TUNIS: Tunisia’s incumbent President Moncef Marzouki on Monday appeared set for a runoff vote against an anti-Islamist party ex-premier after the first free leadership vote since the 2011 revolution that sparked the Arab Spring.
The election is a milestone in the North African country where a popular uprising set off a chain of revolts that saw several Arab dictators toppled by citizens demanding democratic reform.
The campaign manager for Marzouki said he is neck and neck with former premier Beji Caid Essebsi, the pre-polling favorite among 27 candidates vying for the top job.
“At the worst we are even but at best we’re between two and four percent ahead,” Adnene Mancer told reporters after polling closed.
“Our chances are good as we go into a runoff” next month, he said.
But the camp of Essebsi, the 87-year-old political veteran whose anti-Islamist Nidaa Tounes party won October’s parliamentary polls, said he had come out ahead in Sunday’s vote.
Essebsi, “according to preliminary estimates, is ahead and has a large lead,” his campaign manager Mohsen Marzouk told journalists.
But with Essebsi “not far short” of the absolute majority needed to win outright, a second round was likely, Marzouk added.
Marzouki’s campaign manager said he was concerned that “fraud” had been committed by the Essebsi camp, and urged election monitors to stay vigilant.
Exit polls conducted by a private organization gave Essebsi between 42.7 percent and 47.8 percent of the vote with Marzouki trailing at between 26.9 percent and 32.6 percent, a state television report said.
Official results from what Prime Minister Mehdi Jomaa called a “historic day” will be known by Wednesday and a runoff second round vote will be held in late December if there is no outright winner.
Marzouki called on “all democratic forces” to back him in a second round against his rival.
Another presidential hopeful, Hamma Hammami, who according to exit polls came in third, told the media that his political group will meet “as soon as possible” to examine how they should vote in case of a runoff.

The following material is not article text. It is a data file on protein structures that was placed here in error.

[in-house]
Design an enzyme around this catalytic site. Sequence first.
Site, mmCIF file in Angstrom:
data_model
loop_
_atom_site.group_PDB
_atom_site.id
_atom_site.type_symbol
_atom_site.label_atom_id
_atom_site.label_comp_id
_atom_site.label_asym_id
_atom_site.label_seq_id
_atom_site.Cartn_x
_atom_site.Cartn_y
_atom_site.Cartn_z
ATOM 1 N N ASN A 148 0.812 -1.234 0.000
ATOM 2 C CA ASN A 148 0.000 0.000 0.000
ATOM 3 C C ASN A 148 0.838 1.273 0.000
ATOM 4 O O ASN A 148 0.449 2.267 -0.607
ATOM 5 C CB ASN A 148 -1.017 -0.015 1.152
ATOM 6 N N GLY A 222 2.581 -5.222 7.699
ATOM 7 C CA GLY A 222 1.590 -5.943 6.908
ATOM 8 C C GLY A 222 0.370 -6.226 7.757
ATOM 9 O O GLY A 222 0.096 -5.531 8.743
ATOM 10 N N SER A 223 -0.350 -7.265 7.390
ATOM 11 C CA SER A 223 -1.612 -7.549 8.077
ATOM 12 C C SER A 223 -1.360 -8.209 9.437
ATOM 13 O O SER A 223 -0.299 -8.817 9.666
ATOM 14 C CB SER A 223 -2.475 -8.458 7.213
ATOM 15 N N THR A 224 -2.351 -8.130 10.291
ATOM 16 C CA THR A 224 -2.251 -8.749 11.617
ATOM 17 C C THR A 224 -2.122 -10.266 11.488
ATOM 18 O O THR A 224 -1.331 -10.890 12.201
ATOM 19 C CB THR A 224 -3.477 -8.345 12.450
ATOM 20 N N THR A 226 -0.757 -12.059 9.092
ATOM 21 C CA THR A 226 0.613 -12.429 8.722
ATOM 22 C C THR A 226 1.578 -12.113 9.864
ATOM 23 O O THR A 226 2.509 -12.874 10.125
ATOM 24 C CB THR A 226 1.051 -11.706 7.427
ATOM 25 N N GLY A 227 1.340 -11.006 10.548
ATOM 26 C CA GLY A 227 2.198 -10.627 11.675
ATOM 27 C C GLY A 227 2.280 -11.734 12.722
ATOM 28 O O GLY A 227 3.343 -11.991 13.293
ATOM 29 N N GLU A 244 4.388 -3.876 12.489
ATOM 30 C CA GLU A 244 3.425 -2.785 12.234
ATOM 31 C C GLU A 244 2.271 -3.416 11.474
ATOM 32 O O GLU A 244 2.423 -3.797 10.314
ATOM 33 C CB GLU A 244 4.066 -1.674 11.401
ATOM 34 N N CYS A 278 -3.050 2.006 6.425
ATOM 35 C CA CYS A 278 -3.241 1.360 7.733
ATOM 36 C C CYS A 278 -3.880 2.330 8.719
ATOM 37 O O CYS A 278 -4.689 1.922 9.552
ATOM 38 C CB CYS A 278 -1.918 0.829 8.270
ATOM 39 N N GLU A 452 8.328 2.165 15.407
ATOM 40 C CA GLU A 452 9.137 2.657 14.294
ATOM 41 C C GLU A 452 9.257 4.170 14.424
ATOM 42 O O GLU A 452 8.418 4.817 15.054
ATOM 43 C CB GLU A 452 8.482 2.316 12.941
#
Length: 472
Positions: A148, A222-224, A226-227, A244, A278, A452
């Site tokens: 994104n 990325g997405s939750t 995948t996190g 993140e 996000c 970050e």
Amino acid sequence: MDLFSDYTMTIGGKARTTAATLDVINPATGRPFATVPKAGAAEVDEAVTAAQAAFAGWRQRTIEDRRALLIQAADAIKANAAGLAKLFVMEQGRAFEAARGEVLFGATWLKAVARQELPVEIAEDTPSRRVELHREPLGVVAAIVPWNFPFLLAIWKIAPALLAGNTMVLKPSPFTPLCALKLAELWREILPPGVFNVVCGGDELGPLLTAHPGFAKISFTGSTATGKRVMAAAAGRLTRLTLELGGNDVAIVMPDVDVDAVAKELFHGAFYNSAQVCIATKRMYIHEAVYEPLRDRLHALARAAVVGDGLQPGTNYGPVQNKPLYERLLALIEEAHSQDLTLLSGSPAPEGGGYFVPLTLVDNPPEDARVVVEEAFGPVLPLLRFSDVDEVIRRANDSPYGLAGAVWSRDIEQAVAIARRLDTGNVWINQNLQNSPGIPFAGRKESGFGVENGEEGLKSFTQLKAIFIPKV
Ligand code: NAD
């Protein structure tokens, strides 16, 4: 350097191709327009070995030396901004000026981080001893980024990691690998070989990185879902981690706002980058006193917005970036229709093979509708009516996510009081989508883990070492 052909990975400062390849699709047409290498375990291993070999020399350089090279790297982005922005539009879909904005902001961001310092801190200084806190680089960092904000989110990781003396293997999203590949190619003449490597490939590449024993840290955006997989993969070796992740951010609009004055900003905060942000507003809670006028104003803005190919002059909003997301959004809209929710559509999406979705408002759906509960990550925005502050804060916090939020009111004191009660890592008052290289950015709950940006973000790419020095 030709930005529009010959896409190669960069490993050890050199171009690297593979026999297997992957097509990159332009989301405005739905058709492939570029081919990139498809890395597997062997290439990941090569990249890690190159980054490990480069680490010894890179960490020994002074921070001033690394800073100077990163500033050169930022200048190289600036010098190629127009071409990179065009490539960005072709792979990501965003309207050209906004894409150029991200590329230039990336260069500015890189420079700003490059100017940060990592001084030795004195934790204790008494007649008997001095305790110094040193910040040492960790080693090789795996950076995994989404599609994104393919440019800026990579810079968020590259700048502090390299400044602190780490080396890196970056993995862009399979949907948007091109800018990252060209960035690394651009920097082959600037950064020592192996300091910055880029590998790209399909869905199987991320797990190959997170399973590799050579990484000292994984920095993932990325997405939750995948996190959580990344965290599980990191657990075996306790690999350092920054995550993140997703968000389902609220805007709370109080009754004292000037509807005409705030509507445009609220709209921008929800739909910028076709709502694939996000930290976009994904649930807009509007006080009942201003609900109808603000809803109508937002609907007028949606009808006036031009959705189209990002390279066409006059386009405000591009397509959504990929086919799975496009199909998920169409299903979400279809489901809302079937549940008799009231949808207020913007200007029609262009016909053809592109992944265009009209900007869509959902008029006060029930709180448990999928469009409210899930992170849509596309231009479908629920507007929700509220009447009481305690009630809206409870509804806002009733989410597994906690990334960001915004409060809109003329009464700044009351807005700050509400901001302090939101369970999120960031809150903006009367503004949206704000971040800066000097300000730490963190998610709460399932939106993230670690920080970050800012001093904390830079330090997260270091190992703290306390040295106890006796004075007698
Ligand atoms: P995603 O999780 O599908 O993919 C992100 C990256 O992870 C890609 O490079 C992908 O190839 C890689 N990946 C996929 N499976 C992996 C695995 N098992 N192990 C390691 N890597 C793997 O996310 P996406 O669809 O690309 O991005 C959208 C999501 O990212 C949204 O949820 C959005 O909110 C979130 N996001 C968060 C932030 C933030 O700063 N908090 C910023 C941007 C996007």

Though Tunisia’s march towards democracy has been fraught by crisis, it has won international plaudits for not slipping into the post-revolution chaos seen by other Arab Spring states, such as neighbor Libya.
EU foreign affairs chief Federica Mogherini called the election a further step in Tunisia’s “democratic transition” and said it was up to the people to “complete the electoral process with transparency and respect.”
Whatever the outcome, Tunisians hailed the election as a landmark which they hoped would lead to economic and political stability.
“This election is very important. It’s the culmination of the revolution and something that we really should not pass up,” said one observer who gave his name only as Moez.
Bechir Yahyaoui could hardly control his emotions as he voted in Tunis, saying that for once he was “voting for who I want, with no pressure, no bribes.”
“Before (under Ben Ali) you had to go and vote, regardless of the outcome. This time the election is free and transparent,” he said.
Turnout was around 64.6 percent, authorities said, with some 5.3 million people eligible to vote.
Tens of thousands of police and troops were deployed to guarantee security amid fears that Islamist militants might seek to disrupt the polling.
Other candidates included ministers who served under ousted dictator Zine El Abidine Ben Ali, leftwinger Hammami, business magnate Slim Riahi and a lone woman, magistrate Kalthoum Kannou.
Until the revolution, Tunisia knew only two presidents—Habib Bourguiba, the “father of independence” from France in 1956, and Ben Ali, who deposed him in a 1987 coup.
To prevent another dictatorship, presidential powers have been restricted under a new constitution, with executive prerogatives transferred to a premier from parliament’s top party.
Essebsi’s campaign focused on “state prestige”, with a wide appeal to Tunisians dissatisfied with Islamist rule in the post-revolution era.
But his critics have warned that Essebsi is out to restore the old regime, having served under both former presidents.
Marzouki argues that only he can preserve the gains of the uprising, while his critics say he hijacked the spirit of the revolution by allying himself with the moderate Islamist party Ennahda in 2011.
The rule of Ennahda, which came second in the October parliamentary election, was marred by a surge of radical Islamism and the assassination of two leftist politicians by jihadist suspects.
If Essebsi wins he will have to form a coalition government, even with Ennahda, because Nidaa Tounes fell short of securing an absolute majority in October.
Whoever wins, the economy will be a priority, with unemployment, a leading cause of the revolution, running at 15 percent.